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What’s Your Collection REALLY Worth in Virginia?

Worthless collectionIt is common for wealthy people to purchase rare and valuable collectibles, such as art, stamps or other valuable collectibles. These are often things that we do not think will decrease in value over time, but they can also create tax problems for heirs.

 If you have ever watched the TV show Pawn Stars or a similar show, then you know that it is often difficult to get the full appraisal value when attempting to sell rare items. The same process plays out on the show over and over again. Someone will bring in a rare item, the pawn store owner will call in an expert to appraise the item, the appraiser will give an approximate value, and then the store owner will offer to pay half the appraised value of the item. 

Obviously, a pawn shop is not going to pay full price for anything. However, the spiel that the store owner often gives contains lessons. He explains to the customer that the appraisal value is how much the item might get at auction, but that it has to be the right auction with the right buyer and that in this economy nothing is going at auction for the full appraisal value. 

This has implications for estate planning, too. Why? For tax purposes the IRS considers assets worth their appraisal value and not the amount they garner at auction. Thus, if you have a piece of art appraised at $5 million that your heirs can only sell for $3 million at auction, then your heirs might have to make up the difference from other assets when it comes time to pay the IRS. 

A recent Wills, Trusts & Estates Prof. Blog article, titled “Rare Collectibles May Not be the Best Estate Plan,” illustrates the point with the case of a stamp collection appraised at $20 million that sold for less than half that amount. 

Before you leave your collection to your heirs, it is important to consider how they will pay taxes on the collection. Even if the collection is sold to pay the taxes, the proceeds from the sale may not be enough to pay the tax bills. 

You can learn more about this topic as well as other strategies on our website under the tab entitled: estate planning in Virginia. Be sure you also sign up for our complimentary e-newsletter so that you may be informed of all the latest issues that could affect you, your loved ones and your estate planning.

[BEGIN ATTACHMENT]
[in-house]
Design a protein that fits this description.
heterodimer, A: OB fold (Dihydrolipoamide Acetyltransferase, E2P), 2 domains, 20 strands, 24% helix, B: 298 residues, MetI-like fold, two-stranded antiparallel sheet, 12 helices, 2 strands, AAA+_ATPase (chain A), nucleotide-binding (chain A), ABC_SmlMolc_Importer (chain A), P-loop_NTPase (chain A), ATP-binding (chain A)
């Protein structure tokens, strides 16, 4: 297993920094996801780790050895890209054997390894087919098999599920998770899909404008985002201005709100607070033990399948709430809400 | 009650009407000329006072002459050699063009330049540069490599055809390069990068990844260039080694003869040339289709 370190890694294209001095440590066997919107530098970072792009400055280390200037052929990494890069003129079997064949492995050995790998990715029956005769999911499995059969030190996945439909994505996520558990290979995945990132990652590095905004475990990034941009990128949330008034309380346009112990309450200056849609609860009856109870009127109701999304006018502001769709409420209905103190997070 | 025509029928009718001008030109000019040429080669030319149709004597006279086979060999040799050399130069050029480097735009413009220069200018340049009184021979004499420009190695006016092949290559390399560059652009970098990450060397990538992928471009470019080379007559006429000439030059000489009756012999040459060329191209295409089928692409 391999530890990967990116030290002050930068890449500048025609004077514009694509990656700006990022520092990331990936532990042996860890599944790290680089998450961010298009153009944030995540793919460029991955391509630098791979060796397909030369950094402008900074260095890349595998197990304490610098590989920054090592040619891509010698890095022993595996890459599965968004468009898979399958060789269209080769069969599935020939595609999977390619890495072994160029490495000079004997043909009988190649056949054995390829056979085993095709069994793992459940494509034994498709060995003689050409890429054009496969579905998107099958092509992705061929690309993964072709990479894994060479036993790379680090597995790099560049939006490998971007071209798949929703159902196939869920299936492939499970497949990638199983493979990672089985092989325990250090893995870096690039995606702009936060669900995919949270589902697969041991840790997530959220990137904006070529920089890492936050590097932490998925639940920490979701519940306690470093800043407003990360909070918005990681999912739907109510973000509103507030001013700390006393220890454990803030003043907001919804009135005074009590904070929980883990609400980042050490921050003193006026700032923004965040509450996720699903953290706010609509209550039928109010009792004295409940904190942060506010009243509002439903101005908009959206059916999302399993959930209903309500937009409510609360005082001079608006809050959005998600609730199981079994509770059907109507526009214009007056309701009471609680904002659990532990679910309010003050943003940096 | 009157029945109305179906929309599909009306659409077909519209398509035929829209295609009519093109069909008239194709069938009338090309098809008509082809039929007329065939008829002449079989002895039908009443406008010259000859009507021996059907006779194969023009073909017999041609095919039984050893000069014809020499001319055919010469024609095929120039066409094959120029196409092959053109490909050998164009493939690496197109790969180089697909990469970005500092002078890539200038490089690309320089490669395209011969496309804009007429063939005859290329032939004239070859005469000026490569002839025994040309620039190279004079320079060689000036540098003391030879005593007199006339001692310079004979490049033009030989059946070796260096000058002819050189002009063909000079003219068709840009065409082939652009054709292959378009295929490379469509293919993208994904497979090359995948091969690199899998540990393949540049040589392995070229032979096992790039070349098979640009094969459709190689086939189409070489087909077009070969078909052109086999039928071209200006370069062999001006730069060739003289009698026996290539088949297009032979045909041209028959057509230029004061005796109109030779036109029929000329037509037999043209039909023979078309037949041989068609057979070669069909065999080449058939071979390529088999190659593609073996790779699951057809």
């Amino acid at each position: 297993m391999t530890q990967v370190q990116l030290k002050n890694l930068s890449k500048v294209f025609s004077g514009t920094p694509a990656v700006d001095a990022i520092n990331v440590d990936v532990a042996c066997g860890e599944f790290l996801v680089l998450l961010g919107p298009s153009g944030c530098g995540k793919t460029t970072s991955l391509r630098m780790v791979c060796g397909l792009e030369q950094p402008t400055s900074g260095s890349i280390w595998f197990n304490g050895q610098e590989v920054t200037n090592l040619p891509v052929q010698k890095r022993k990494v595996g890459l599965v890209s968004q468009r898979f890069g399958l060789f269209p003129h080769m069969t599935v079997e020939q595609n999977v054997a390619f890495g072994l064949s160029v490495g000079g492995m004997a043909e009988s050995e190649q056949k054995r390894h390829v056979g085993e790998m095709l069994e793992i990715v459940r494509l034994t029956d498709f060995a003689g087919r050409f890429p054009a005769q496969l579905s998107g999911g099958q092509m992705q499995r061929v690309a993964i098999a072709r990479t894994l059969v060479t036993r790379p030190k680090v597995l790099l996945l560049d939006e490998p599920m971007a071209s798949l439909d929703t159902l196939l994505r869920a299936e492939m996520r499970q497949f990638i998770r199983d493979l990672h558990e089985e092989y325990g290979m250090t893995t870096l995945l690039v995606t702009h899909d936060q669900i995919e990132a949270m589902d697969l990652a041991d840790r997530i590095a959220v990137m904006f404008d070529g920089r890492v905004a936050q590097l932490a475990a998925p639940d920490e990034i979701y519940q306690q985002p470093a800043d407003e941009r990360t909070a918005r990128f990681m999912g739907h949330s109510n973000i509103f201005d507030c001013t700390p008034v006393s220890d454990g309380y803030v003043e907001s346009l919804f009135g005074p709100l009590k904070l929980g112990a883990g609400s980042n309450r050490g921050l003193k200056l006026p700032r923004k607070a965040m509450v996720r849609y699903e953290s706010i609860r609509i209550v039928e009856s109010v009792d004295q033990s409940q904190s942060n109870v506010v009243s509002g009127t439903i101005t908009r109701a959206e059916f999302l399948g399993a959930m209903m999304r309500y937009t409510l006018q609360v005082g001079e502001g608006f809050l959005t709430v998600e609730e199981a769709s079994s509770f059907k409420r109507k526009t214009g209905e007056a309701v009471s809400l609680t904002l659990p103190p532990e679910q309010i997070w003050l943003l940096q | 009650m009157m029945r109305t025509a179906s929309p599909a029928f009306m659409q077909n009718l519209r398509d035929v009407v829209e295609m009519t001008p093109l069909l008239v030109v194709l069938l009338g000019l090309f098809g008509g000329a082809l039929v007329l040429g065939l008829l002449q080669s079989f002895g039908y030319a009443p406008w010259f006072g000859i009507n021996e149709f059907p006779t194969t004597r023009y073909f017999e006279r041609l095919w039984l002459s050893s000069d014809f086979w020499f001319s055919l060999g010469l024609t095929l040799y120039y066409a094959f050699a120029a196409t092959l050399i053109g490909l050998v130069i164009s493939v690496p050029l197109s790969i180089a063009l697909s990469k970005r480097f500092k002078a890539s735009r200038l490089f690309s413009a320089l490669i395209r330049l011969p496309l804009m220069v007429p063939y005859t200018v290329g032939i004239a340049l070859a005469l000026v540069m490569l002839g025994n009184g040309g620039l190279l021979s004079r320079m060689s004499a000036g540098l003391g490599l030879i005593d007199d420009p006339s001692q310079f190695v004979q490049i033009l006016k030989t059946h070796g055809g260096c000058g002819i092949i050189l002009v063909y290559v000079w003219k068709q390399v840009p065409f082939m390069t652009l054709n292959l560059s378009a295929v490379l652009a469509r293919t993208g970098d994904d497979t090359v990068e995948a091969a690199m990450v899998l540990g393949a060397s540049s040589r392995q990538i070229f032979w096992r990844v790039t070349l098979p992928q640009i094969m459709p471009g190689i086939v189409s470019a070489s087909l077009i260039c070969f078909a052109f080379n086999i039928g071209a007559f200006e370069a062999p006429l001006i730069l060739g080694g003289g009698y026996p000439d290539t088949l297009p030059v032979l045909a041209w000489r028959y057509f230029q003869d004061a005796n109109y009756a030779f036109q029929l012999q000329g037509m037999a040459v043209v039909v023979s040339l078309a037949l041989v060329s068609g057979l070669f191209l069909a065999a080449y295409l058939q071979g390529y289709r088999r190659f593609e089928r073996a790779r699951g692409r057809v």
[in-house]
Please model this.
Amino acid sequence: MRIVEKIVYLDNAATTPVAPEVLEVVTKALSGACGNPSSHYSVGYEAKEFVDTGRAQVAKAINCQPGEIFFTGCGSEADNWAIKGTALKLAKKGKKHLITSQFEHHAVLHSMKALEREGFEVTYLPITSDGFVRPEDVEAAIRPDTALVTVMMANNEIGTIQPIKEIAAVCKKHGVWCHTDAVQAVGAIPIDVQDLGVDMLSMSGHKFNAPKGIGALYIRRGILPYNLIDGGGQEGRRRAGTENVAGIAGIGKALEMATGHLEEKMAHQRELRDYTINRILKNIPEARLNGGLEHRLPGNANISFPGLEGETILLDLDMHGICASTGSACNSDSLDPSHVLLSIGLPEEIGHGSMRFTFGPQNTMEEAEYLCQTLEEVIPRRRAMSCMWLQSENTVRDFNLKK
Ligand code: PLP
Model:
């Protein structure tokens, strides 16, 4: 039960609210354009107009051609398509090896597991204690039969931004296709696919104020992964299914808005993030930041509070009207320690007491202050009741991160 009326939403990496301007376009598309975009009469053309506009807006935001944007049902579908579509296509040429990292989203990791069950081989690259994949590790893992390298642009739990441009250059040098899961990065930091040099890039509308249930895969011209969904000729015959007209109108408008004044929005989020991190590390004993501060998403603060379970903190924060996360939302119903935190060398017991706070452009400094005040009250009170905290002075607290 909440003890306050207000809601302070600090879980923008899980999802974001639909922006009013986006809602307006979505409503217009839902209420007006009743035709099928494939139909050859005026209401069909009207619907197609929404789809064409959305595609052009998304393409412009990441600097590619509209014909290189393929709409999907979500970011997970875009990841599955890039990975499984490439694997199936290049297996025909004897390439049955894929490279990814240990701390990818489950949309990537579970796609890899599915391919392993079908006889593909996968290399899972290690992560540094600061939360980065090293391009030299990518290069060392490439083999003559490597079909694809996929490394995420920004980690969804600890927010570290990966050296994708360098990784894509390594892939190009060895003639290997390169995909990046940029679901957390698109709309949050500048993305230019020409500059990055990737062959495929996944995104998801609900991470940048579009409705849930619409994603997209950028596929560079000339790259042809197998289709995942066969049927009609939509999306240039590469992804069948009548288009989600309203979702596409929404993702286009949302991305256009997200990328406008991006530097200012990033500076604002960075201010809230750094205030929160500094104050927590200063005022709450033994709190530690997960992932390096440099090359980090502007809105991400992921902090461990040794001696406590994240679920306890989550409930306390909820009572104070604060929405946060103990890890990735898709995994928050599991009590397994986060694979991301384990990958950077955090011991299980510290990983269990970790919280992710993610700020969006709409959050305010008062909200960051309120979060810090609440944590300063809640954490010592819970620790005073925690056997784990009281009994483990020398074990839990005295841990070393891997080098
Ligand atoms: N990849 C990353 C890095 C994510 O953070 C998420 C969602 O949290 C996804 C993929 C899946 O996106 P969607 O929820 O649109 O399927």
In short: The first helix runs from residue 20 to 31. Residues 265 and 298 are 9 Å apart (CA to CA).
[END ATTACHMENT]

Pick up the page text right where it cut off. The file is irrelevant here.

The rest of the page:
ReferenceWills, Trusts & Estates Prof. Blog (June 24, 2014) “Rare Collectibles May Not be the Best Estate Plan

 

 

 

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We've been putting together as many resources as possible so that we can continue to help:

  • If you’re a current client with a signing appointment or a prospective client with a consultation and would prefer that meeting take place in your own home, we can accomplish that with a little bit of pre-planning on our part and with the addition of a laptop, smartphone, tablet or other computer in your home to facilitate this virtual meeting. For those of you that need to sign legal documents, that too can be accomplished with the use of a webcam (FaceTime etc.), so that we can witness and electronically notarize all of your important legal documents.
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Thank you, Walt and the Zaremba Team

Coronavirus/Covid-19
Update to our Process

The unprecedented coronavirus pandemic has taken our entire country by surprise. We understand how difficult this time is for America’s businesses and families.  However, we believe it is vitally important that we make every effort possible to continue to offer solutions that avoid disrupting our important partnership with you, your family and friends.  As you know, estate planning is not something that should wait for a more convenient time, therefore the opportunity to address your important goals both during and after this crisis should not wait.  To that end, we have added the option of a ‘virtual consultation’ to our office process.  You will now have a choice of either meeting with us in our office or in the comfort of your own home.